In 1978 Bourgeois was commissioned by the General Services Administration to create “Facets of the Sun”, her first public sculpture. The work was installed outside of a federal building in Manchester, New Hampshire. A retrospective in 1982 at MoMA, the first given by that institution to a female artist, marked her growing prestige in the art world. Until then, she had been a peripheral figure in art whose work was more admired than acclaimed. She had another retrospective in 1989 at Documenta 9 in Kassel, Germany. In 1993 she represented the United States in the Venice Biennale. For a 1994 exhibition she created “Maman,” a sculpture of a spider, a creature she associated with her mother, an immense amalgam of soldered metal tubing, bronze, stainless steel, and marble. The sculpture is among the world’s largest, measuring over 30 ft high and over 33 ft wide. It includes a sac containing 26 marble eggs and its abdomen and thorax are made of ribbed bronze. It looms ominously over the viewer but was delicate enough to quiver and sway to the touch. It is installed outside the Guggenheim Bilbao. In 2000 a selection of her works were shown at the opening of the Tate Modern in London, followed by exhibitions at Centre Pompidou  in Paris, The Museo Nacional Centro de Arte/Reina Sofia in Madrid and the State Hermitage Museum in St. Petersburg.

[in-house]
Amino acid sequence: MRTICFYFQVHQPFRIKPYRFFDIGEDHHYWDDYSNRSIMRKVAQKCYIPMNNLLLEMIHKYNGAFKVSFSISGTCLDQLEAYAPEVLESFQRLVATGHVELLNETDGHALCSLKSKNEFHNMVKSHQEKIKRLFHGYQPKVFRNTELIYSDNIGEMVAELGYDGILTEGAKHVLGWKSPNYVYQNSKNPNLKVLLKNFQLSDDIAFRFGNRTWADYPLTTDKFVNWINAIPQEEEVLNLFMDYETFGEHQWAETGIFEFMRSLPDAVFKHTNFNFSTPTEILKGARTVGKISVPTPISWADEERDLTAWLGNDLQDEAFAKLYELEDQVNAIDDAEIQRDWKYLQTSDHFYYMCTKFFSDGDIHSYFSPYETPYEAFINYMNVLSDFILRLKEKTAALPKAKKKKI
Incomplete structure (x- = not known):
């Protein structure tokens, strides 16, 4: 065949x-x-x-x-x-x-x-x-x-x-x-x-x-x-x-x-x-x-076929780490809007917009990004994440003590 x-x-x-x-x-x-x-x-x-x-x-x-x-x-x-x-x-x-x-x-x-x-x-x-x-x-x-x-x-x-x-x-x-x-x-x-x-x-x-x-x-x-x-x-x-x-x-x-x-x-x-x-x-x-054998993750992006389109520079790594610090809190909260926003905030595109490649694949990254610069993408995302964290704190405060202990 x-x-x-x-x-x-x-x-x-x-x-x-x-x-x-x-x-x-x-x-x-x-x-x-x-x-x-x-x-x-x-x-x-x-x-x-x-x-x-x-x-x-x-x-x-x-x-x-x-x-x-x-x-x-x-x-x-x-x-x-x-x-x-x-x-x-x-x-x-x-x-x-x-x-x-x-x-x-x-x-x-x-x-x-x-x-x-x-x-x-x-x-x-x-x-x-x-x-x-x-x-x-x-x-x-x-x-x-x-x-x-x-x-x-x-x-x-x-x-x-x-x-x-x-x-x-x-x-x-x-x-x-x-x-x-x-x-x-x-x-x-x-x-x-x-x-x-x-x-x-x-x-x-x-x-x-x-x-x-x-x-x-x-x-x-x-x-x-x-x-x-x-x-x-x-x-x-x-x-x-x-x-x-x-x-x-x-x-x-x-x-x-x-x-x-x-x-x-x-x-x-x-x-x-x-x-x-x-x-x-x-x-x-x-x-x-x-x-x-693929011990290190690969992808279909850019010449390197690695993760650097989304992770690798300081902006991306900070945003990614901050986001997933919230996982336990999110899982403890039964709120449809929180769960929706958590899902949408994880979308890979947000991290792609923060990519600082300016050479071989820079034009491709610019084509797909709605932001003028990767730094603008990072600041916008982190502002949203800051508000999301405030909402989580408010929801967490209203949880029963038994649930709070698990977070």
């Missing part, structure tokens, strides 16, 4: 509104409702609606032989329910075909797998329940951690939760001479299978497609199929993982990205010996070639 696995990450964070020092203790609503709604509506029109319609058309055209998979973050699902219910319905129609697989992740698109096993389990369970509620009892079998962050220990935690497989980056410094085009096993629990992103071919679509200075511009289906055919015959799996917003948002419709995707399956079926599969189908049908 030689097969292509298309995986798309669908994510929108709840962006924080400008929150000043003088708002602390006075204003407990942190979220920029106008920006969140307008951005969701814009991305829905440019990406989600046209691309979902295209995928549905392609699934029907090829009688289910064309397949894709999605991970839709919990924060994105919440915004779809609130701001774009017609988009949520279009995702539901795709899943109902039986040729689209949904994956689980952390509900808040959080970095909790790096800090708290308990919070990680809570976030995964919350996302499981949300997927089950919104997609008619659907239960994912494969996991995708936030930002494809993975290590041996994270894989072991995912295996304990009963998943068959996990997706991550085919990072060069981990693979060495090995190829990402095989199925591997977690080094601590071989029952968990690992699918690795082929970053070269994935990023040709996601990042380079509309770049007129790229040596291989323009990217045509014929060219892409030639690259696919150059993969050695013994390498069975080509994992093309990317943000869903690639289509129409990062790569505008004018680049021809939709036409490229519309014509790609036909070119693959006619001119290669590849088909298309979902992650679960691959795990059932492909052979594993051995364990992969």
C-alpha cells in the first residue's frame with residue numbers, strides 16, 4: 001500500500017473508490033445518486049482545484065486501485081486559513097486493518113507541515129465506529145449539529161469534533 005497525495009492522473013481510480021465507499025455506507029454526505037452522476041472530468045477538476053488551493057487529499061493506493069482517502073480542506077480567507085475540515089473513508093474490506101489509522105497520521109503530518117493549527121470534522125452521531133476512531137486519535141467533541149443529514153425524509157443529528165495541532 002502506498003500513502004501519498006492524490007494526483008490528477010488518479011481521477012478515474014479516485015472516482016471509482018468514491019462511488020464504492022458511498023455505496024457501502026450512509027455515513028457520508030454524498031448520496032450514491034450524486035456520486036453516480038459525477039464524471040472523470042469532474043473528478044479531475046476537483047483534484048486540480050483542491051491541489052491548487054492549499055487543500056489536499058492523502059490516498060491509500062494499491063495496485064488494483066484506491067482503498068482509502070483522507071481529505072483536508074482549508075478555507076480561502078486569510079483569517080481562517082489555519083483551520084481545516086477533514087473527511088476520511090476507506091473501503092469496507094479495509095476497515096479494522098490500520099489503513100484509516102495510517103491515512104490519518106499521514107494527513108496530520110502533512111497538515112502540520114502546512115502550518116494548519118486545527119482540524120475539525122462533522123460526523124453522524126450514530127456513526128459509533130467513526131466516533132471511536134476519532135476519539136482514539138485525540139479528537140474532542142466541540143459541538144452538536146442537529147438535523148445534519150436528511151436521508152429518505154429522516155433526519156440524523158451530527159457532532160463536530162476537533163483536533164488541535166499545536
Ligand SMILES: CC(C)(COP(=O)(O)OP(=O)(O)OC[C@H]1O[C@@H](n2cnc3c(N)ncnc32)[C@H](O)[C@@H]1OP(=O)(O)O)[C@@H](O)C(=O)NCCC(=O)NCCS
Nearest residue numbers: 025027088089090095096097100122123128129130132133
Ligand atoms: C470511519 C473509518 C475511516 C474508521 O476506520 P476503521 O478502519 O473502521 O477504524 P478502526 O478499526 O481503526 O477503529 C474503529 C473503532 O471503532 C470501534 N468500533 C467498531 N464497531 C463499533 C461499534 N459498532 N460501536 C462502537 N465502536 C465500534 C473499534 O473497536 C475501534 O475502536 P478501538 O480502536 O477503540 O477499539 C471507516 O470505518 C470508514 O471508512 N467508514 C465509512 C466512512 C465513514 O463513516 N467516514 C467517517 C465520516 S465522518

Often described as petite in size, outspoken, gruff of voice and manner, Bourgeois spent much of her time either in her home in Chelsea or in her studio in Brooklyn. In 2010 she used her art to speak up for Lesbian, Gay, Bisexual and Transgender (LGBT) equality. She created the piece “I Do” depicting two flowers growing from one stem, to benefit the nonprofit organization Freedom to Marry. Bourgeois has said, “Everyone should have the right to marry. To make a commitment to love someone forever is a beautiful thing.”
Pratt Institute in Brooklyn awarded her an honorary Doctor of Fine Arts degree in 1973 and Yale University awarded her the same in 1977. She was named Officer of the Order of Arts and Letters by the French minister of culture in 1983. Other honors included the Grand Prix National de Sculpture from the French government in 1991; the National Medal of Arts, presented to her by President Bill Clinton in 1997; the first lifetime achievement award from the International Sculpture Center in Washington; and election as a fellow of the American Academy of Arts and Sciences.
Louise Bourgeois continued to create artwork until her death, by heart failure on May 31, 2010, her last pieces being finished the week before. She was survived by two sons, Jean-Louis and Alain, two grandchildren, and a great granddaughter. Her third son, Michel, died in 1990. Her work always centered upon the reconstruction of memory, and in her 98 years, she produced an astounding body of sculptures, drawings, prints, and installations.